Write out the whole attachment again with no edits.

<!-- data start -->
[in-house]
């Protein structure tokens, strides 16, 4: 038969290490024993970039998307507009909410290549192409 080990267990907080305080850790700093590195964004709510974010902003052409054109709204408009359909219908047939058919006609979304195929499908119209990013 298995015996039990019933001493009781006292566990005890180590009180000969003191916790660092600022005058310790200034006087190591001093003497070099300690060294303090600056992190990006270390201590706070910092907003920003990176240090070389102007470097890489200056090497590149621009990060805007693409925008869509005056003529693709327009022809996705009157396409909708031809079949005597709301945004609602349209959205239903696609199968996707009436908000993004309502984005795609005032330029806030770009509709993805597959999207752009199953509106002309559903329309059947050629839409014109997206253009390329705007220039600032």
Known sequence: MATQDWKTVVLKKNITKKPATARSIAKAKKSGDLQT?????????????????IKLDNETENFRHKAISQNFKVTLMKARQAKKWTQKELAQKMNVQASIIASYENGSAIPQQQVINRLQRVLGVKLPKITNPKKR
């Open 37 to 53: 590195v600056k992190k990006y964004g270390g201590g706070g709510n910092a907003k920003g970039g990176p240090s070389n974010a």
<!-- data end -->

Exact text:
[in-house]
């Protein structure tokens, strides 16, 4: 038969290490024993970039998307507009909410290549192409 080990267990907080305080850790700093590195964004709510974010902003052409054109709204408009359909219908047939058919006609979304195929499908119209990013 298995015996039990019933001493009781006292566990005890180590009180000969003191916790660092600022005058310790200034006087190591001093003497070099300690060294303090600056992190990006270390201590706070910092907003920003990176240090070389102007470097890489200056090497590149621009990060805007693409925008869509005056003529693709327009022809996705009157396409909708031809079949005597709301945004609602349209959205239903696609199968996707009436908000993004309502984005795609005032330029806030770009509709993805597959999207752009199953509106002309559903329309059947050629839409014109997206253009390329705007220039600032």
Known sequence: MATQDWKTVVLKKNITKKPATARSIAKAKKSGDLQT?????????????????IKLDNETENFRHKAISQNFKVTLMKARQAKKWTQKELAQKMNVQASIIASYENGSAIPQQQVINRLQRVLGVKLPKITNPKKR
């Open 37 to 53: 590195v600056k992190k990006y964004g270390g201590g706070g709510n910092a907003k920003g970039g990176p240090s070389n974010a």